Miller Group builds its case for IPO
Housebuilder Miller Group has unveiled a doubling in half-year profits as the privately-owned firm continues to mull a possible stock market flotation.
The company, which last month sold its commercial construction division to listed rival Galliford Try, said tougher mortgage lending rules had not affected trading at its housing arm, where underlying profits almost trebled.
Chief executive Keith Miller said: “The group has performed well and benefited from continued improvements in the market. The disposal of Miller Construction in July allows the group to focus on the housing and commercial property markets, which are showing strong signs of growth.”
Galliford, owner of fellow Edinburgh-based builder Morrison, paid almost £17m for the loss-making construction arm in a move seen as a “clearing of the decks” ahead of a possible float by the private equity-backed firm.
The deal followed a strategic review launched in March, when Miller’s chief executive said an initial public offering (IPO) could be on the cards amid the resurgent housing market. Speculation grew last year that the builder was weighing up a possible £400m float or trade sale to provide an exit for private equity firm Blackstone, which owns a 55 per cent stake.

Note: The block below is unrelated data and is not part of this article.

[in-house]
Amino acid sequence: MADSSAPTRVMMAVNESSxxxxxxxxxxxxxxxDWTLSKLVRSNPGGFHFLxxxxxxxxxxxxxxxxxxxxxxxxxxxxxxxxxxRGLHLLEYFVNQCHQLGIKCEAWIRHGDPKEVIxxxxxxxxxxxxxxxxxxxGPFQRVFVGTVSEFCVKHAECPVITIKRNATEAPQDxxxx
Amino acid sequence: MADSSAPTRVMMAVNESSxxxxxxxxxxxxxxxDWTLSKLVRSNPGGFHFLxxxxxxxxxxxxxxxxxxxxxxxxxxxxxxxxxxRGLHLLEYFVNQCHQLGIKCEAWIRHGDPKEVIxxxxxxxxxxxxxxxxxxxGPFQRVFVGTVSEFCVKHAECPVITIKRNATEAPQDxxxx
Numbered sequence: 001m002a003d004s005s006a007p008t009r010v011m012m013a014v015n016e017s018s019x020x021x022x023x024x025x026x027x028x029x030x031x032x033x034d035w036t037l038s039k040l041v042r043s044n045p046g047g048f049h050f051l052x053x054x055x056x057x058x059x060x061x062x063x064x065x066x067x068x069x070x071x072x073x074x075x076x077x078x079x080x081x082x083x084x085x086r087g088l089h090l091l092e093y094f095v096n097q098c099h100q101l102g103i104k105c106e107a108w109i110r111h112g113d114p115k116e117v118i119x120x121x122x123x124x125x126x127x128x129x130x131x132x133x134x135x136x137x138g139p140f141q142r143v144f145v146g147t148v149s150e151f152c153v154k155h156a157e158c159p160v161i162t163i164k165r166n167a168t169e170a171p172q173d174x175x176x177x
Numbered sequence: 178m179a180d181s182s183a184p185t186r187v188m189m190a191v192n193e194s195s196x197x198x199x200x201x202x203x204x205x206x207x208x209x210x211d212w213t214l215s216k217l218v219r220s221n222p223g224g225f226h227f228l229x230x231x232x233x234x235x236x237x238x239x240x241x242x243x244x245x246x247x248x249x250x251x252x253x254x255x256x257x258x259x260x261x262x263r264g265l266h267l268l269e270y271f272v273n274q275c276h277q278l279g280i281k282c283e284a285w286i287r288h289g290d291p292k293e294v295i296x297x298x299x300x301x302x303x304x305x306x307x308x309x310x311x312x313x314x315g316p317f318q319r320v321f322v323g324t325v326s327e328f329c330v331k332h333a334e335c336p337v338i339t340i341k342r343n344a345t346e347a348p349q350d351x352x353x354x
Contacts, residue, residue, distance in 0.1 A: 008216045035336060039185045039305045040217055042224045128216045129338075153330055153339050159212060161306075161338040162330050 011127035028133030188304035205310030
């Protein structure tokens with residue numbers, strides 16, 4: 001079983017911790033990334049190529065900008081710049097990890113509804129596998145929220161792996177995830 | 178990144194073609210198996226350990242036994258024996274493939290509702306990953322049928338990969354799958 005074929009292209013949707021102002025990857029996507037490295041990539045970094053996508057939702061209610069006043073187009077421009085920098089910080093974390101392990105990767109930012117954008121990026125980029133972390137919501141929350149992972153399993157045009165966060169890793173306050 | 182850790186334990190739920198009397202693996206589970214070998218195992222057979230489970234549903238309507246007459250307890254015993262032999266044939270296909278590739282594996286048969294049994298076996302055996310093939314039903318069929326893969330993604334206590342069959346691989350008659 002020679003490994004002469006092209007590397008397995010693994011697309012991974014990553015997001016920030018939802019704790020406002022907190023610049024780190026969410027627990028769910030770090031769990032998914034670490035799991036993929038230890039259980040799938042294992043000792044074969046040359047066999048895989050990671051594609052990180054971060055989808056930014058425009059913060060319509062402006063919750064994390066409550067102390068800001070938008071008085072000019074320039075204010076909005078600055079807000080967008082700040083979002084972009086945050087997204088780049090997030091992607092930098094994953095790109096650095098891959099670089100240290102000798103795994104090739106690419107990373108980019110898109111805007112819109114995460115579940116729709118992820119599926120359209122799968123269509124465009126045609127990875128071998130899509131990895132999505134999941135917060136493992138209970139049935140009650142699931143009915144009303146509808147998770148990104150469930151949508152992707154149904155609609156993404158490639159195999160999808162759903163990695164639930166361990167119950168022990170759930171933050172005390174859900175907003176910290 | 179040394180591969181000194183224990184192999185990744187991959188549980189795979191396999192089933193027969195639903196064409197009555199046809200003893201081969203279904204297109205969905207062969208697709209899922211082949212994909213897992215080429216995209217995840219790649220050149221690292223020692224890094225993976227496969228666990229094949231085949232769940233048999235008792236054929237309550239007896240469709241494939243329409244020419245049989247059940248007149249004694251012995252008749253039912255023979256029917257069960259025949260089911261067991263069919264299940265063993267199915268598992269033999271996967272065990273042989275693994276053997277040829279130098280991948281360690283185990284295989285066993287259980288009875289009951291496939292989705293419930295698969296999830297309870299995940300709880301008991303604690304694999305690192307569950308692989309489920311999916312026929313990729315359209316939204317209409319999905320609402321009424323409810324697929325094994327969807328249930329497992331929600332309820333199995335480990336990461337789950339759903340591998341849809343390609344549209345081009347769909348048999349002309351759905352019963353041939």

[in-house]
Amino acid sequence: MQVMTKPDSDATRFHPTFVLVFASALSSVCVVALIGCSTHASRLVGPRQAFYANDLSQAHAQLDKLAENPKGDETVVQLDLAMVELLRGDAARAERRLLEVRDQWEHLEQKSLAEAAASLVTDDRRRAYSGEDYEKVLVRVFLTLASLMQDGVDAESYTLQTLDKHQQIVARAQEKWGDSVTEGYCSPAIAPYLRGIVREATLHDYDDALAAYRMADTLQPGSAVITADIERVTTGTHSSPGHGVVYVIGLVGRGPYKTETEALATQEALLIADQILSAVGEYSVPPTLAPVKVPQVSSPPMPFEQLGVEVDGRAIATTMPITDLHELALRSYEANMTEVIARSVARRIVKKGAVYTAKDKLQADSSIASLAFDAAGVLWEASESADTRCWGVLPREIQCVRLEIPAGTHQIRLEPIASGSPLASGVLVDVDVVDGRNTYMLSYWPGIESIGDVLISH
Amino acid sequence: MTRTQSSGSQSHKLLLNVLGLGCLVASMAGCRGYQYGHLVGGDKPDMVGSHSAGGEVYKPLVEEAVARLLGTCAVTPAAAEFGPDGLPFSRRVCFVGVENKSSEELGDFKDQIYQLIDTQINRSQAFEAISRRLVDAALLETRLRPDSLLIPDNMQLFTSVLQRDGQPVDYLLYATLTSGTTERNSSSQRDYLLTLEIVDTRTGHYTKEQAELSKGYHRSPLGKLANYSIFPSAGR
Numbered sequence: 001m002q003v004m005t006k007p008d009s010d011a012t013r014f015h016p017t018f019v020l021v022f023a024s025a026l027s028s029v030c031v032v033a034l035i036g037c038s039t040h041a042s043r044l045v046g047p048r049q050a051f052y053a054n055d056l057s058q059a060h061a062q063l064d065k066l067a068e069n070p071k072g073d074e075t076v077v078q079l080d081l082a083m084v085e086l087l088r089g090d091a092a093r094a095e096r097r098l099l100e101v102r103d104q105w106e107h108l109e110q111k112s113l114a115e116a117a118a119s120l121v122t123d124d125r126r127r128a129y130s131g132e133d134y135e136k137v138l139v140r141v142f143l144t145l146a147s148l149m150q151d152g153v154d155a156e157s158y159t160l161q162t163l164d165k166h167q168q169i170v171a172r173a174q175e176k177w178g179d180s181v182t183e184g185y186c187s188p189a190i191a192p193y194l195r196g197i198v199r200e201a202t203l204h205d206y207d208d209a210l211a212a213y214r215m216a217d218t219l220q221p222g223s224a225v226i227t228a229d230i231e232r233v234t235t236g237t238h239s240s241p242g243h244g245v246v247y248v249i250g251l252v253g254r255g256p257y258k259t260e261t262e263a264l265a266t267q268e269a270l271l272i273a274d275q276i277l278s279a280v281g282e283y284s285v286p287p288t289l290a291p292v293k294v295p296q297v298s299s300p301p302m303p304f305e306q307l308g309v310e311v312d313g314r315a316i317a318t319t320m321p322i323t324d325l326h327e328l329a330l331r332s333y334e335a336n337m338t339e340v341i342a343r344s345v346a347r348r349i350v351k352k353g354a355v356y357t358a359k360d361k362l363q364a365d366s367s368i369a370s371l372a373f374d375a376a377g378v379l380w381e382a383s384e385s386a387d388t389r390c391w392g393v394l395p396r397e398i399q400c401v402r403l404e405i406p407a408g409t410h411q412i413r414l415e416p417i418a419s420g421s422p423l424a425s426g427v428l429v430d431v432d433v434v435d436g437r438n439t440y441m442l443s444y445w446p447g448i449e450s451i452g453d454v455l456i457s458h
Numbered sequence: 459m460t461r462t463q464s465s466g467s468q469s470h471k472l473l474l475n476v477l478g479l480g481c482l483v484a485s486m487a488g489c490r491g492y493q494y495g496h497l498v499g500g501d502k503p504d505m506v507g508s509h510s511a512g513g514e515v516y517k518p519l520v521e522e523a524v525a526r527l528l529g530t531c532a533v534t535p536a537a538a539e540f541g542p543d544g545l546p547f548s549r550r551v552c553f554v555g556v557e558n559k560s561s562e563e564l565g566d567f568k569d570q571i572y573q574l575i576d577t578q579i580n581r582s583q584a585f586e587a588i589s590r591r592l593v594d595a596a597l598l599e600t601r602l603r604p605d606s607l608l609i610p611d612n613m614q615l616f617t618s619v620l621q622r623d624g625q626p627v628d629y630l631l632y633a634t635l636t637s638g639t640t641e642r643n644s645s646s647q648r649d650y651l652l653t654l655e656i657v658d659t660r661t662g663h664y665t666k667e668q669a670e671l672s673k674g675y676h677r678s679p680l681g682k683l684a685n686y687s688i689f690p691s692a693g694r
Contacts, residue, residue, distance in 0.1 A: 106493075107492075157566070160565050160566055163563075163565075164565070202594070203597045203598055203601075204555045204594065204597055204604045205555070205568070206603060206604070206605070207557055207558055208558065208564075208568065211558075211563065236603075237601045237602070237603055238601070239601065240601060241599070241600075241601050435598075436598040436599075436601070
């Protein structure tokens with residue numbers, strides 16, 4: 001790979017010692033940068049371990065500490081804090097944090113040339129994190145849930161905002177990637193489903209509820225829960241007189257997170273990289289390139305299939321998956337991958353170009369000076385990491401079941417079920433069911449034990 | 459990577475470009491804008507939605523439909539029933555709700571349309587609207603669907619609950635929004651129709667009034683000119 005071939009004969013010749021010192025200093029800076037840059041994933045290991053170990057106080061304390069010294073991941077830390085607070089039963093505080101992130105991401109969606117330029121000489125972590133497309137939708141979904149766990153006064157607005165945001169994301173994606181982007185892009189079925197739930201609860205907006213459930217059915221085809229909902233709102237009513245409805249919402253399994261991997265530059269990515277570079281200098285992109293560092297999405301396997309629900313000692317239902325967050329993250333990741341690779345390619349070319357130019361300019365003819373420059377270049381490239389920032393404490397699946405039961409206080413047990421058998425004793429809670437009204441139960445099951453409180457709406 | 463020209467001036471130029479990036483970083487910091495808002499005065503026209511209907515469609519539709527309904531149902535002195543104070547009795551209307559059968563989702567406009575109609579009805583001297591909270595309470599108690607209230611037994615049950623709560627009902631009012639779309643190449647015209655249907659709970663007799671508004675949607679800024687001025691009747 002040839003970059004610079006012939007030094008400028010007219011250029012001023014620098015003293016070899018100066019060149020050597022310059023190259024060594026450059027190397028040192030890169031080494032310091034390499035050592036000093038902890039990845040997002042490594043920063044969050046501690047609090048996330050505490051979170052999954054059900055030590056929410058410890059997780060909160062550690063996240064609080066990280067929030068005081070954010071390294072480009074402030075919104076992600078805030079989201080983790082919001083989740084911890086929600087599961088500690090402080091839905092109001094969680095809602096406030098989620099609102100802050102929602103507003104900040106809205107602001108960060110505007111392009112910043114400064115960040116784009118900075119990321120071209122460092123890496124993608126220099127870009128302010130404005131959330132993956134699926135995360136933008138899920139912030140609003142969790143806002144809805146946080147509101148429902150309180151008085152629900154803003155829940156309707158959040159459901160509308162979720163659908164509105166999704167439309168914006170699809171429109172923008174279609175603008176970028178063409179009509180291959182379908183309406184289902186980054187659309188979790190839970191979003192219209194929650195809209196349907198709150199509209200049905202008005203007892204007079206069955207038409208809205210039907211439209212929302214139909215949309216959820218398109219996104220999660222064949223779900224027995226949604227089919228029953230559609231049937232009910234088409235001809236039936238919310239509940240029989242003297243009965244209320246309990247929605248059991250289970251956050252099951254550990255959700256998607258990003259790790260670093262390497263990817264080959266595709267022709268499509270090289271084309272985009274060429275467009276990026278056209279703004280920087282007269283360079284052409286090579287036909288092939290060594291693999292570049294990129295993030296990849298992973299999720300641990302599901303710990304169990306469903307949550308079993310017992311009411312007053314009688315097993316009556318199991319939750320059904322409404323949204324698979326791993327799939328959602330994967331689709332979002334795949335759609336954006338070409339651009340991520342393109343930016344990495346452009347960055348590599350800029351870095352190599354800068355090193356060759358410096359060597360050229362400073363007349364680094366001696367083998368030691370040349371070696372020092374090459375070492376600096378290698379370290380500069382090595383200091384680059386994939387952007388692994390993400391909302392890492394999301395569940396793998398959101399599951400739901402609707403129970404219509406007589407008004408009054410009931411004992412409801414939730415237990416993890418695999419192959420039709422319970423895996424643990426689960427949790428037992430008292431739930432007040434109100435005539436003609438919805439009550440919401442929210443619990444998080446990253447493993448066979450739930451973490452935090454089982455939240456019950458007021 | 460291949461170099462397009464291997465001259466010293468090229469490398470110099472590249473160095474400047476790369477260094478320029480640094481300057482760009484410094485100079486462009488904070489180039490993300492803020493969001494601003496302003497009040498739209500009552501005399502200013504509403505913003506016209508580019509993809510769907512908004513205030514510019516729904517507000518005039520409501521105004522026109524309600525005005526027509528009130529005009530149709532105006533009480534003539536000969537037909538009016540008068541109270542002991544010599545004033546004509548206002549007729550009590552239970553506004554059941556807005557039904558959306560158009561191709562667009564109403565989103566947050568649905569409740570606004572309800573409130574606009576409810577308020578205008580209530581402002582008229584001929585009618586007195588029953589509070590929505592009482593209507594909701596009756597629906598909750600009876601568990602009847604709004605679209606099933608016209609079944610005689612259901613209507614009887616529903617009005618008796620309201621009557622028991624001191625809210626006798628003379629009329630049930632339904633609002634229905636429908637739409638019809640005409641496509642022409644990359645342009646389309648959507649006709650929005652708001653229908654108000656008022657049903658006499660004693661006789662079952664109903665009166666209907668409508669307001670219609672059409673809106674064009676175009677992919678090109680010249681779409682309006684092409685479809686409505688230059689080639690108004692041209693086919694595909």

Miller is chaired by Philip Bowman, who oversaw the sales of ScottishPower and Allied Domecq to foreign owners.
A source told The Scotsman that “nothing has been ruled out”, adding that the group was under no pressure to rush into a deal. “They need to move forward as far as their shareholders are concerned, but they’re pretty happy about the way the company is performing,” the insider said.
Yesterday’s results showed that Miller Group’s pre-tax profits jumped to £8.3m in the six months to the end of June, up from £4m a year earlier.
Revenues from continuing operations, excluding the construction business, grew 23 per cent to £206.9m.
Losses at Miller Construction, which employs about 700 people, widened to £6.2m, from £2.4m in the first half of 2013. That was blamed on “continuing delays on a limited number of historic contracts that had been procured competitively on the basis of price”.
At its housebuilding arm, profits before interest and one-off items surged 189 per cent to £19.1m following a “significant” improvement in margins and an increase in average selling prices, which rose 11.9 per cent to £198,000.
The firm said the launch of the mortgage market review checks and Bank of England rules on lending earlier in the year had not had a “material” effect on reservation rates and “should help ensure a long-term sustainable supply of mortgage finance and hence demand for new housing”.
Official figures published yesterday showed that the number of homes built in Scotland rose 7 per cent in the year to the end of March – the first increase in new housing supply for six years.
However, Philip Hogg, chief executive of trade body Homes for Scotland, said he feared a decline in sales after funding for the Scottish Government’s Help to Buy scheme ran out last month.
Hogg added: “We have therefore been working closely with the government to try and find a resolution to the budget gap.”